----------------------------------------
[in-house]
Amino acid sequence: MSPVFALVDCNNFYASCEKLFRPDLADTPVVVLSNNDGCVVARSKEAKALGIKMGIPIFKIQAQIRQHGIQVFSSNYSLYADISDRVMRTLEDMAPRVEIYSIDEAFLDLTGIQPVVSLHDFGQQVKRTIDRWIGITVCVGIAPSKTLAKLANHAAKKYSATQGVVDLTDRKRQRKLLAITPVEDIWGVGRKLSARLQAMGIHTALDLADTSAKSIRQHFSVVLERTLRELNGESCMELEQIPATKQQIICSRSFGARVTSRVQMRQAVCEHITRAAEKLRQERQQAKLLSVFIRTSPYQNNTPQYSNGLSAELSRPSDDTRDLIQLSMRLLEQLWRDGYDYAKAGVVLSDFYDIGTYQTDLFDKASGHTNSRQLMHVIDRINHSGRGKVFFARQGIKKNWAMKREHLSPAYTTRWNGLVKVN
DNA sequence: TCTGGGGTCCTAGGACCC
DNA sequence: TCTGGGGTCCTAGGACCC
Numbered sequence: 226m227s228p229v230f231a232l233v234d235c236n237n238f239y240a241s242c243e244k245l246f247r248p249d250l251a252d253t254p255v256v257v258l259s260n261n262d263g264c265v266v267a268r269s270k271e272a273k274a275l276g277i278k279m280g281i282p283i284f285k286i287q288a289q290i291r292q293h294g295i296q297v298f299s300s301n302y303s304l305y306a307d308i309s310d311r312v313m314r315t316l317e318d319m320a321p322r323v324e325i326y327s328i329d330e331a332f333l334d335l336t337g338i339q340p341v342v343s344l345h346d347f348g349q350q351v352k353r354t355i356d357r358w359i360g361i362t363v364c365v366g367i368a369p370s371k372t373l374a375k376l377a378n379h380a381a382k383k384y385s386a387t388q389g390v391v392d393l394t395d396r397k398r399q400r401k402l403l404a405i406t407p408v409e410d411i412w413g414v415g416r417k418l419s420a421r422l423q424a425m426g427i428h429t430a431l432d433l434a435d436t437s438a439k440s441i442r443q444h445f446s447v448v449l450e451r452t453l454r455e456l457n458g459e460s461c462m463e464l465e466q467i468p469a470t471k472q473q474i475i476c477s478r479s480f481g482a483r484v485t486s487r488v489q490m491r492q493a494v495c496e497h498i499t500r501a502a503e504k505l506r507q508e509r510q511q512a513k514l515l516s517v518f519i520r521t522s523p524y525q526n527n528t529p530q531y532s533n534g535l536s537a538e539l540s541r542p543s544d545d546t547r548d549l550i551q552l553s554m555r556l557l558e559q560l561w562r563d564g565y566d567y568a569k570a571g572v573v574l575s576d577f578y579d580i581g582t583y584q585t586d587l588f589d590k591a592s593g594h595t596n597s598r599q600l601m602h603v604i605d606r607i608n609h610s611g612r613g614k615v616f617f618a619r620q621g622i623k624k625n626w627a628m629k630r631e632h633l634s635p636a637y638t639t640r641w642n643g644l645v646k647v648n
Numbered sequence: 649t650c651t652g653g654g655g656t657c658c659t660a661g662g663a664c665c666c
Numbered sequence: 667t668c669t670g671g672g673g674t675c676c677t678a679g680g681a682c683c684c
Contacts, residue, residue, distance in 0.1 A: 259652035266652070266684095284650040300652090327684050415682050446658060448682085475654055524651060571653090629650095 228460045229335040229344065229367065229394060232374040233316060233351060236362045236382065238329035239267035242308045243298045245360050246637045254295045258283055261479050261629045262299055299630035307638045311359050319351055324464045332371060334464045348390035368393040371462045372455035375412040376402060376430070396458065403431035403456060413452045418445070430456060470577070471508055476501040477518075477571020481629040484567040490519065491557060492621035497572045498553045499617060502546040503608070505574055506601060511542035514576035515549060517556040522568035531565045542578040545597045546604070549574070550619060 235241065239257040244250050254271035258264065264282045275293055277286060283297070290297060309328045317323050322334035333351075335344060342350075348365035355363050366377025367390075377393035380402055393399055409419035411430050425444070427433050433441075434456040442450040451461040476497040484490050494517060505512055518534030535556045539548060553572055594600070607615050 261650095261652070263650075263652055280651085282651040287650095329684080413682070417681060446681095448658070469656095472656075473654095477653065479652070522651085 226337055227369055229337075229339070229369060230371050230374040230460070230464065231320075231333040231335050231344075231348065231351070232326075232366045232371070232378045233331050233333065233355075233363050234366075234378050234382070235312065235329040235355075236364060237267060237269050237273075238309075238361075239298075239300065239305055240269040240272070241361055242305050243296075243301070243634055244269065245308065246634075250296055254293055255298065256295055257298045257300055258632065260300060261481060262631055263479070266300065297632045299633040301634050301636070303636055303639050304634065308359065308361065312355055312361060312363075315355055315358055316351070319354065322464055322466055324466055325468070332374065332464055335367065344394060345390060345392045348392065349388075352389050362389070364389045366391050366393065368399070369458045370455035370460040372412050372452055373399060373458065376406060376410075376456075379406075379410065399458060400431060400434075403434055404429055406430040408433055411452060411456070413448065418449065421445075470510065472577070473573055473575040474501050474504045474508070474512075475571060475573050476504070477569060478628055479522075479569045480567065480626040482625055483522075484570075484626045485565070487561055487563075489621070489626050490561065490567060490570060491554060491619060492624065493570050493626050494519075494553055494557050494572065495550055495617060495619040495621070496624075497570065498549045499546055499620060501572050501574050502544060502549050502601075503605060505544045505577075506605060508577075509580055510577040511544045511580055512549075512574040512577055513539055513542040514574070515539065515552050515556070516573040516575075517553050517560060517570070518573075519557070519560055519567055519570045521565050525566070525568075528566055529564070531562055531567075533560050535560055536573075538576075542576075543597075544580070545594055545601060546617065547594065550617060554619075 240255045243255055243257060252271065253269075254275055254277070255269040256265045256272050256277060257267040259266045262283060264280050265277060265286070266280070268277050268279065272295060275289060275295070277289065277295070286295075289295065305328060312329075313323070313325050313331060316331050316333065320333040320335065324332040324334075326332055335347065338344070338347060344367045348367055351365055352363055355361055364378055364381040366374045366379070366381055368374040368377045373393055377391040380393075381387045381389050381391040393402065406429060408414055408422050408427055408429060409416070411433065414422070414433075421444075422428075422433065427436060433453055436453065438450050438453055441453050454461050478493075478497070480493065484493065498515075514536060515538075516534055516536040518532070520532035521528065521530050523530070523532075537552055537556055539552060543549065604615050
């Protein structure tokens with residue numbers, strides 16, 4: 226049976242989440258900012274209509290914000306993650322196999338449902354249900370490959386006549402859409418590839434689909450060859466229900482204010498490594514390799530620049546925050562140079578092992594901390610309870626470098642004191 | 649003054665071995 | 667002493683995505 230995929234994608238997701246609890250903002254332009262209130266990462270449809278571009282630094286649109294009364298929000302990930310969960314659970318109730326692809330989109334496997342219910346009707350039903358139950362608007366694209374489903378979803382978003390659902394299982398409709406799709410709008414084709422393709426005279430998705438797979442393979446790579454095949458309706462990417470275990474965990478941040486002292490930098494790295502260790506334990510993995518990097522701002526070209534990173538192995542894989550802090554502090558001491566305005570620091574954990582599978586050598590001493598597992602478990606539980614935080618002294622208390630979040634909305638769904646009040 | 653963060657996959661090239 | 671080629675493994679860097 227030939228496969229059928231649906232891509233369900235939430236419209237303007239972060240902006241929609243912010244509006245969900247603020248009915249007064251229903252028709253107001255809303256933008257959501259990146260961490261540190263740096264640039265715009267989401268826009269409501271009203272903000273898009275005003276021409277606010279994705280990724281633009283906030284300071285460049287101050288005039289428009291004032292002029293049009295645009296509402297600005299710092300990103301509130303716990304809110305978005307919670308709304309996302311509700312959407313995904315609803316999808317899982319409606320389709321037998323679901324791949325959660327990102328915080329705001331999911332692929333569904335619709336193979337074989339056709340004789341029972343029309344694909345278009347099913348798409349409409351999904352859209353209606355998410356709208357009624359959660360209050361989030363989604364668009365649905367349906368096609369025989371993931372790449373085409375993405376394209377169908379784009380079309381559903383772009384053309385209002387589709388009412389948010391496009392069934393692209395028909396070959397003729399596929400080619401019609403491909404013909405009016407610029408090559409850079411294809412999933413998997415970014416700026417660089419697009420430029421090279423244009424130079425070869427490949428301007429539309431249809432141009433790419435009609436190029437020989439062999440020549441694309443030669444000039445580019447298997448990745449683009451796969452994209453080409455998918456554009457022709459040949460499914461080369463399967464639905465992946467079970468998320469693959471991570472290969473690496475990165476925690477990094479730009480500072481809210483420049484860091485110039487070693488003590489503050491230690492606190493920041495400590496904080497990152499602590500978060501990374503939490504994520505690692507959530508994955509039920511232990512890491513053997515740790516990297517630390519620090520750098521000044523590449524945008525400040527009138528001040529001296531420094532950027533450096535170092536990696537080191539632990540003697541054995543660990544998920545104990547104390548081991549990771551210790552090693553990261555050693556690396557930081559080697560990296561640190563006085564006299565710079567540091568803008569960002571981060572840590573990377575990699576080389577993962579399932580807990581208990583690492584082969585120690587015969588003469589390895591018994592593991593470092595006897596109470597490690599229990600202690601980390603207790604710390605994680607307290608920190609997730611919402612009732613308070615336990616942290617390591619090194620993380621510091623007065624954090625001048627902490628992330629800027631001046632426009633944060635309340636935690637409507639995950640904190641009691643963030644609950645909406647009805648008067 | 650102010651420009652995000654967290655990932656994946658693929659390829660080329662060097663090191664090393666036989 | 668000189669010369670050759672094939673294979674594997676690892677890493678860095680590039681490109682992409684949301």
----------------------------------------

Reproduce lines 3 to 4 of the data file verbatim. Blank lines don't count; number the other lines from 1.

DNA sequence: TCTGGGGTCCTAGGACCC
DNA sequence: TCTGGGGTCCTAGGACCC